In September 2012, Ashley and her husband were preparing for the upcoming birth of their daughter, when Ashley went into labor at only 22 weeks of her pregnancy. Shortly after delivery of their daughter, unfortunately, passed away. Not long after the delivery, Ashley began to bleed heavily, and during a DNC her lungs began to fill with fluid quickly. Shortly after that she was referred to a larger medical center, where in May 2013, her medical team discovered significant scarring on her lungs after a biopsy. She was later diagnosed with Pleural Pulmonary Fibroelastosis. The only cure for her diagnosis was a double lung transplant.
Over the next year, Ashley had been working as a CNA, where she would typically need to complete long shifts on her feet or carry heavy equipment. By the end of the year, she was unable to perform her job and needed to apply for disability. She required a feeding tube and needed to remain on the first floor of her home due to the declining state of her lungs. She slept on a hospital bed during that time, relying on oxygen at night. She recalls only being able to get from her bed to her bathroom and her chair every day. Daily tasks were nearly impossible to complete. Due to the condition she was in, she had lost so much weight that she weighed too little to qualify for transplant.
When she finally gained enough weight, she was evaluated for transplant on May 28, 2015, she was at her hospital for a check-up and was admitted for high levels of CO2. Coincidentally, a young woman was in the same hospital being taken off life support who was a perfect match. Ashley recalls the excitement, thankfulness, and fear she felt when she was told that she might be finally getting a pair of lungs. As a woman of faith, Ashley and her best friend, Tabitha, along with her parents and husband prayed and prayed for a successful and safe surgery.
She waited less than 24 hours, and she received her new lungs after undergoing a 14-hour long surgery. Before she entered the operating room, she remembered entering the elevator and seeing her father waving goodbye as the doors closed. The next thing she remembered was waking up and feeling her breathing tube that would assist her for the next number of days. Because of this, she was unable to communicate while talking for up to a week, but vividly remembers the day they removed her tube. She can recall the feeling of taking her first full deep breath and how amazing it felt.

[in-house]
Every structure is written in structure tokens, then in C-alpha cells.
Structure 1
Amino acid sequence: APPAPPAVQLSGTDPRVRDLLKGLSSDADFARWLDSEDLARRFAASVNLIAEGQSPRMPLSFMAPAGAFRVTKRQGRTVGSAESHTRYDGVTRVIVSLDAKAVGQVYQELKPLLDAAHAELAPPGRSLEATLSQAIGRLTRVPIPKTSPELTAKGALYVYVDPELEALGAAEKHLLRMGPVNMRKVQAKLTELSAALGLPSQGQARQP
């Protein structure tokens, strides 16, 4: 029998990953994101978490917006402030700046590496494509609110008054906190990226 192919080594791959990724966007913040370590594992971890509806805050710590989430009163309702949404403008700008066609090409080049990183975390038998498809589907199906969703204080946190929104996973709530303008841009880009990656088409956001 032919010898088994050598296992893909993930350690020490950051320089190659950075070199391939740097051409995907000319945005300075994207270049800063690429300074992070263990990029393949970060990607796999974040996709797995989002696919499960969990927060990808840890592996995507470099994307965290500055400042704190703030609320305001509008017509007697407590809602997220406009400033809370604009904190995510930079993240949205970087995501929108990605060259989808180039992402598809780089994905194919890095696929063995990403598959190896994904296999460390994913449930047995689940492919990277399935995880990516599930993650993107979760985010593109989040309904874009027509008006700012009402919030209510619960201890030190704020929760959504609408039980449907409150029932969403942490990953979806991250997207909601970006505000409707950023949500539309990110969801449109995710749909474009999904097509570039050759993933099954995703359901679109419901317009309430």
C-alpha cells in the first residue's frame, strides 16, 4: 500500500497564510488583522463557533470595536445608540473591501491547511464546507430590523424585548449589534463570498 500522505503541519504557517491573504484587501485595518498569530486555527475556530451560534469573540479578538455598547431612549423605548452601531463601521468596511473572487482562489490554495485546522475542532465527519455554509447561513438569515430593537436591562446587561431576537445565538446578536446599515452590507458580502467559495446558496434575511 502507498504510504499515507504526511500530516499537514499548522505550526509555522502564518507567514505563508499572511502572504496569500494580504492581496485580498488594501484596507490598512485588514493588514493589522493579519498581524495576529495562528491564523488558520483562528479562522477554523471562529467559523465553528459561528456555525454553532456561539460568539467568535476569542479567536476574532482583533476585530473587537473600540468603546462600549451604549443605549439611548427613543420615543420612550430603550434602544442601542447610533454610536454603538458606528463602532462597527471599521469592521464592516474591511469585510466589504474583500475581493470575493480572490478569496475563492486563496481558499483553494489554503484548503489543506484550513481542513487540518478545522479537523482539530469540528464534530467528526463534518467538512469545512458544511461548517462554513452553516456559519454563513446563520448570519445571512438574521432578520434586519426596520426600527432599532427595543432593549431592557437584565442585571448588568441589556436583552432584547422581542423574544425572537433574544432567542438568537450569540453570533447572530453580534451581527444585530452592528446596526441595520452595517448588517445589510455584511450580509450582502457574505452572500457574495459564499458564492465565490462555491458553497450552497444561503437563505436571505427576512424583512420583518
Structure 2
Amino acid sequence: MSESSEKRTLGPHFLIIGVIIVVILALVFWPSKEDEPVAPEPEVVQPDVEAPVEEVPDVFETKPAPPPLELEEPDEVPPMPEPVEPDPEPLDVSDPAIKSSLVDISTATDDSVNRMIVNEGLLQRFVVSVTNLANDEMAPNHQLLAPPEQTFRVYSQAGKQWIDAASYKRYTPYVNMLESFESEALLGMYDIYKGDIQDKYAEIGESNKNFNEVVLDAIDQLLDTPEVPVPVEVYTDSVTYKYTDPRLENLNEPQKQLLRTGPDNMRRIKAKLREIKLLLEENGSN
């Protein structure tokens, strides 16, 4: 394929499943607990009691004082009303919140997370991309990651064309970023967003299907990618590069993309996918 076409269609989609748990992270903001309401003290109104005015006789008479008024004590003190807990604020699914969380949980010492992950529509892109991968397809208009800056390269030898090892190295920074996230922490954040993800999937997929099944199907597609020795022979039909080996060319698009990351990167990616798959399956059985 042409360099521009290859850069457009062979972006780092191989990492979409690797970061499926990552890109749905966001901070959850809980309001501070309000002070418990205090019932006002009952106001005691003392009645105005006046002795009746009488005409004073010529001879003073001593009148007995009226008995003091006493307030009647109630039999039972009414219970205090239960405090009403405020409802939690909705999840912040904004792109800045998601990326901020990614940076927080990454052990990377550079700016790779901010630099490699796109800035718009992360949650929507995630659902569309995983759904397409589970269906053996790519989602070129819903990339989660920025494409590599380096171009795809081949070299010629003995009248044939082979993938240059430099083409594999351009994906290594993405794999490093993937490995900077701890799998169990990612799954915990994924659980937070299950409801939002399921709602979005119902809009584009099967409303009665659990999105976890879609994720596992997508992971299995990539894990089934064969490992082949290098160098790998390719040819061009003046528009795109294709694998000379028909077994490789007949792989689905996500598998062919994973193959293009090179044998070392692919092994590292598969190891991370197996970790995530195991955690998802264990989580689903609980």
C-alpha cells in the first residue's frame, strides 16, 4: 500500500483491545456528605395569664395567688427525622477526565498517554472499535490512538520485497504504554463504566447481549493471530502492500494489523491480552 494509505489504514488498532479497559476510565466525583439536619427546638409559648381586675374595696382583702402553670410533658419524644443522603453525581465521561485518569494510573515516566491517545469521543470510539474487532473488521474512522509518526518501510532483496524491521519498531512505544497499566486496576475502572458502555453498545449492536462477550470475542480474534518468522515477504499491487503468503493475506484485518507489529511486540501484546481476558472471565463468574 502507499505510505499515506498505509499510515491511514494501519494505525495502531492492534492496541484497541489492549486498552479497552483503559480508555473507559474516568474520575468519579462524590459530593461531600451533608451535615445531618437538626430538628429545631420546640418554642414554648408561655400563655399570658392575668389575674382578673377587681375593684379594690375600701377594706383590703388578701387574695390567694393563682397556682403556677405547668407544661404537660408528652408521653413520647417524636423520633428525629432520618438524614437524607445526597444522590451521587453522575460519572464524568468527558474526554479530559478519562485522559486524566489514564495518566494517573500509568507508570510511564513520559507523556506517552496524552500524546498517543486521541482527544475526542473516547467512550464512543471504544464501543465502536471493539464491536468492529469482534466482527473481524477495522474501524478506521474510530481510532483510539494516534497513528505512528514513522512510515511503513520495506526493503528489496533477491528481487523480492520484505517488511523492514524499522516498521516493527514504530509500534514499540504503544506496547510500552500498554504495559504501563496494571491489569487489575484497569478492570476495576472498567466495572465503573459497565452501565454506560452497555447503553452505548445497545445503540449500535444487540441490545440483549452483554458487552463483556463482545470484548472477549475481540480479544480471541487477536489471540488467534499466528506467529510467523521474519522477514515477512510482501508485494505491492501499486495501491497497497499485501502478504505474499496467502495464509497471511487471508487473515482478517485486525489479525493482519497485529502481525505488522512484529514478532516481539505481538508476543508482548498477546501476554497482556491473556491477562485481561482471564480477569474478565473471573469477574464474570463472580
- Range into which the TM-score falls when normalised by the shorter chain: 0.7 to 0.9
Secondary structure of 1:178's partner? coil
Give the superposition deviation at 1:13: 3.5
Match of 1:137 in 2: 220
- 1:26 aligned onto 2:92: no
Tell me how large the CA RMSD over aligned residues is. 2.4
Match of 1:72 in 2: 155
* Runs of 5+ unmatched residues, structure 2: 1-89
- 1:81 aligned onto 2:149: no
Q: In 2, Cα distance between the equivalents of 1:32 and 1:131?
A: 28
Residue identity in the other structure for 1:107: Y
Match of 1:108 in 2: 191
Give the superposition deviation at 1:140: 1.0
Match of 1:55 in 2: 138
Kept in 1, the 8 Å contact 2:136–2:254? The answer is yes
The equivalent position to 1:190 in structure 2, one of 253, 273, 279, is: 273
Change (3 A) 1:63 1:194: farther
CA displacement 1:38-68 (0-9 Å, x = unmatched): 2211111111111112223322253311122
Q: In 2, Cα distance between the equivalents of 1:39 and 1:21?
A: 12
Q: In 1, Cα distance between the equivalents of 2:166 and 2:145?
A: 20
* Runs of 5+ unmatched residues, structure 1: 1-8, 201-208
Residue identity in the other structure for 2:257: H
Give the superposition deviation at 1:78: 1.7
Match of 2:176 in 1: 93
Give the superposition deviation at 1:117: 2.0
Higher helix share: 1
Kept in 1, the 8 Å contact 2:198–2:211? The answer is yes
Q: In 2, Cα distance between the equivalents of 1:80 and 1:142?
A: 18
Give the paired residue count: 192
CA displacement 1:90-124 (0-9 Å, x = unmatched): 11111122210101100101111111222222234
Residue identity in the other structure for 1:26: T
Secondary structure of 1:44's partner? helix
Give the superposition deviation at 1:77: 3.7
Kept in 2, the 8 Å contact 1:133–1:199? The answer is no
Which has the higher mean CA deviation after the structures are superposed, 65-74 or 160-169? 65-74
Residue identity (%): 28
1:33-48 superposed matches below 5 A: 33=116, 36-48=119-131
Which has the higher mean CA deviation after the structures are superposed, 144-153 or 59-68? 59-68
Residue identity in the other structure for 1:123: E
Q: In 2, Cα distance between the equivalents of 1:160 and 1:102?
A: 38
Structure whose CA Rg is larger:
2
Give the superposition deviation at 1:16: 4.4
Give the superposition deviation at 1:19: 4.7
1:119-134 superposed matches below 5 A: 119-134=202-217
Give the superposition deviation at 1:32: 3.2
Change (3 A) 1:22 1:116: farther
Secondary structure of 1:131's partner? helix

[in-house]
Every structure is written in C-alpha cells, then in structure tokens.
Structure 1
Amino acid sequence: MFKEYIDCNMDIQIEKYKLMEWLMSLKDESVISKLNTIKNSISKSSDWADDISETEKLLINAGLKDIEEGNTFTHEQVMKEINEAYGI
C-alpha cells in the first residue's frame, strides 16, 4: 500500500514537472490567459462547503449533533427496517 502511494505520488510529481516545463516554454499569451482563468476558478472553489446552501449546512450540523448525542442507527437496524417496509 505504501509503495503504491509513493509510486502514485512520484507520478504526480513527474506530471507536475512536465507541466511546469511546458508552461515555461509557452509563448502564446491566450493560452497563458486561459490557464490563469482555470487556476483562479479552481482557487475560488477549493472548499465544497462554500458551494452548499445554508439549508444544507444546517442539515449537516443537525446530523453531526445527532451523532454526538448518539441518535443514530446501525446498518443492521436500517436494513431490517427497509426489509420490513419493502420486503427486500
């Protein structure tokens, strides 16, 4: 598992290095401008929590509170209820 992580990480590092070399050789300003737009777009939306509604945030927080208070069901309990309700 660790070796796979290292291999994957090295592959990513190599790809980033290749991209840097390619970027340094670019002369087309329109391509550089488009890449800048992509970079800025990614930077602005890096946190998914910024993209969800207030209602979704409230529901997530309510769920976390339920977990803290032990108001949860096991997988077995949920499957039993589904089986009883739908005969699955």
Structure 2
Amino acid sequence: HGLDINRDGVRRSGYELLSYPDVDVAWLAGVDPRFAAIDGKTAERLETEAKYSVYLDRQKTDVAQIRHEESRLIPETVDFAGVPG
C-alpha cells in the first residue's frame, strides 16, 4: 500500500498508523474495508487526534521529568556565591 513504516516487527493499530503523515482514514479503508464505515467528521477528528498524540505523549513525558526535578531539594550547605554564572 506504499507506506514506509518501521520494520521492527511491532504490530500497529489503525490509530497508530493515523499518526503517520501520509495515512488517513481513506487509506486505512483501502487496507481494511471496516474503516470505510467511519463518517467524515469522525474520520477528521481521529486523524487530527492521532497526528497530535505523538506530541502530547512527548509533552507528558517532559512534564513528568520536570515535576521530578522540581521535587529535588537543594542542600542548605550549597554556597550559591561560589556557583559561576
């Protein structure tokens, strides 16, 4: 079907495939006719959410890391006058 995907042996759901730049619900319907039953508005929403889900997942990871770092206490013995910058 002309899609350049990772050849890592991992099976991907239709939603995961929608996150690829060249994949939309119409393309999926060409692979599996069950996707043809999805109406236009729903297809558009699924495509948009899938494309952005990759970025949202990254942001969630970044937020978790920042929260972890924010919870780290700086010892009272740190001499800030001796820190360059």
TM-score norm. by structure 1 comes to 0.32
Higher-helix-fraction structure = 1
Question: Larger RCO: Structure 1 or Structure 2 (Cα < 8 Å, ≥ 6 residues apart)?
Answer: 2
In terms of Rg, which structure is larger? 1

She was not able to go home for next four months. Those four months came with complication after complication. She remembers two instances of lung collapse and experiencing pneumonia.
Ashley states how wonderful her family and friends have been to her throughout her entire experience. From the beginning, her husband, parents, sister, and best friend have been by her side. Her mother and sister took off time to spend with Ashley to help her recover.
Sticking with her medication schedule has been going well, but she attributes this to the help of her mother for learning her schedule and teaching Ashley when and what to take throughout the day. She also has built the habit of using her cellphone alarms to remind her when to take her medications.
In addition to a difficult start to her recovery, Ashley spoke of how hard the first year post-transplant was where she still struggled with performing normal, everyday tasks. She suffered from depressive feelings, being unable to leave her house for a long time, with only going outside mostly with her therapists that regularly visited her home. Her parents took her on outings often.
It was not until this year that she was able to finally meet her donor’s family after exchanging letters here and there. She speaks of how happy she was to finally meet them in person, express her gratitude, and learn more about the young woman who gave her the gift of life.
She also has found more social support by connecting with other lung transplant recipients nearby to her hometown. Ashley has enjoyed attending the Transplant Games of America, where she has competed in cornhole with her good friend, Charles, and earned a silver medal in 2018. They plan to compete together again at this year’s games in Northern New Jersey and may also compete in bowling.
Every year on May 30, she celebrates—what she, her friends, and family call—her “lung-a-versary.” Ashley will be coming up on her fifth “lung-a-versary” and will be celebrating by going to see her favorite singer, Lauren Daigle, with her best friend, Tabitha.
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Karter and I both love you dearly and I’m very proud to call you his stepmother.
When my brother passed he was an organ donor and helped at least 75 people that we know of I hope some day I will be able to meet them.
Hi Ashley, glad to hear you are doing very well with your new lungs. God bless you. I had my right lung taken out as due to cancer. In a way I get it as it is a struggle. But you are still alive, and soo am I. I can’t do all the things I used to do,as you know as well. But we are alive and living the best we can one day at a time
Lois Korns says
Ashley: Our God is still a Miracle God who loves and cares for his own. But he has ways of getting our attention and allow you this huge trial showing the love and support from so many others. God can use this test for you to bless and encourage others going through the same situation. “In everything give thanks”even through our difficult times. God had a purpose for this. We may never find out but in HIS time the purpose will be fulfilled. I just PRAISE GOD with and for your life you now are enjoying. GIVE GOD THE GLORY !!! Great Aunt Lois Korns